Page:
(Reuters) - Michael Kors Holding Inc (KORS.N) and Coach Inc COH.N are among the companies that have made it through to the second round of bidding for handbag and accessories maker Kate Spade & Co KATE.N, people familiar with the situation said on Friday.
The interest in Kate Spade underlines the appeal of its young clientele to other retailers as handbag makers struggle to capture the interest of shoppers inundated with options.
Michael Kors and Coach face competition from other bidders, including a non-U.S. party, in the auction for Kate Spade, the people said, asking not to be identified because details of the sale process are confidential.
The process is still roughly a month away from an outcome, and there is no certainty a sale will occur, the sources added.
Kate Spade, which has a market capitalization of $2.9 billion, declined to comment. Michael Kors also declined to comment, while Coach did not immediately respond to a request for comment.
Affordable luxury brands such as Michael Kors and Coach have suffered after they expanded their retail presence too quickly and sold too heavily in outlet stores, diluting the exclusivity that once caused shoppers to line up for the next hot handbag.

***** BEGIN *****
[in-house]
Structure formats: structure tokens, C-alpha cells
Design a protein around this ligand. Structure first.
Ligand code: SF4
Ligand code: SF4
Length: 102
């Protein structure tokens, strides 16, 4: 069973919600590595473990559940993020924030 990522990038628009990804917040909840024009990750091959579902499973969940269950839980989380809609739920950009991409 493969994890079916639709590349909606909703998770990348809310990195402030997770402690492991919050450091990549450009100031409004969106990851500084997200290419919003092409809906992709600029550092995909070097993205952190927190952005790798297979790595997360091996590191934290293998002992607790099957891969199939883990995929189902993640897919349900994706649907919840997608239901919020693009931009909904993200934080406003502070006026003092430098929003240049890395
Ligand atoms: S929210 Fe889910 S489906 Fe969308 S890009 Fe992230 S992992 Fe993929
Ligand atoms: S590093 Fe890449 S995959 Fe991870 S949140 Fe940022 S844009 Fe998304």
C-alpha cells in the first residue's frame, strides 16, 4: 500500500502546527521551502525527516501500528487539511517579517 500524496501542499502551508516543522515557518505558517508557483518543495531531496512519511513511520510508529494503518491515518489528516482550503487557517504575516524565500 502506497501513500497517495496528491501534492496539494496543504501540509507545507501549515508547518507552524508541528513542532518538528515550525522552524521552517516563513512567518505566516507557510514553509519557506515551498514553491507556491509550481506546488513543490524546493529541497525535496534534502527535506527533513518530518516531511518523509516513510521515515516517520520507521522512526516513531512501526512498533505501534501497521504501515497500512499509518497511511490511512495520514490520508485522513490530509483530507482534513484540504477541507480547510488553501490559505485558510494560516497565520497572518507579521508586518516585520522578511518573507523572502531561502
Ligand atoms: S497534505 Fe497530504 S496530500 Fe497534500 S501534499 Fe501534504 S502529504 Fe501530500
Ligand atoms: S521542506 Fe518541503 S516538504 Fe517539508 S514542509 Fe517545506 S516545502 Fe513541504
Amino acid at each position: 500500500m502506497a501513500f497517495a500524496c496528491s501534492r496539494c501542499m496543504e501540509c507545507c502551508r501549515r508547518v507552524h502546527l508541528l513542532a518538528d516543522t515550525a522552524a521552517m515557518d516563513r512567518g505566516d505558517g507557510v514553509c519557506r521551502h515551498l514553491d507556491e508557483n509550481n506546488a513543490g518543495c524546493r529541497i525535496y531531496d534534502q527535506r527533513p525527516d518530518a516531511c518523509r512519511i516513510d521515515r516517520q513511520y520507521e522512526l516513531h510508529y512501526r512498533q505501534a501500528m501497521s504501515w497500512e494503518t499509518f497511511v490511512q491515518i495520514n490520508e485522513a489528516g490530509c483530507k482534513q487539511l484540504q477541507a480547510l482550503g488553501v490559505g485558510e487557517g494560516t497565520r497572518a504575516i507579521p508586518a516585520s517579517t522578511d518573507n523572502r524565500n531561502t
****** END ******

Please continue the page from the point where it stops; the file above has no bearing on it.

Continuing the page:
These brands have been hurt as fewer shoppers in malls have led to fewer handbag sales, while a stronger dollar has made it difficult for them to maintain their popularity with tourists visiting the United States.
Kate Spade would offer Coach and Michael Kors greater pricing power with department stores as well a younger clientele.
Coach has been seeking to diversify its business beyond handbags, and it paid $574 million for designer footwear company Stuart Weitzman in 2015.
Michael Kors, which sells apparel, handbags, watches and other accessories, said in its most recent earnings call it was “actively looking” at potential acquisitions and that it probably would not do small deals. The company has been focused on a turnaround by improving its outlets and stores.
Kate Spade has been under pressure from a small New York-based hedge fund Caerus Investors. Caerus sent a letter to Kate Spade’s board in November, stating it was “increasingly frustrated” by the inability of the retailer’s management to achieve profit margins comparable with industry peers.
Separately, investor Barry Rosenstein’s activist hedge fund Jana Partners LLC has revealed a 0.85 percent stake in the company.
Reporting by Lauren Hirsch and Greg Roumeliotis in New York; Editing by Cynthia Osterman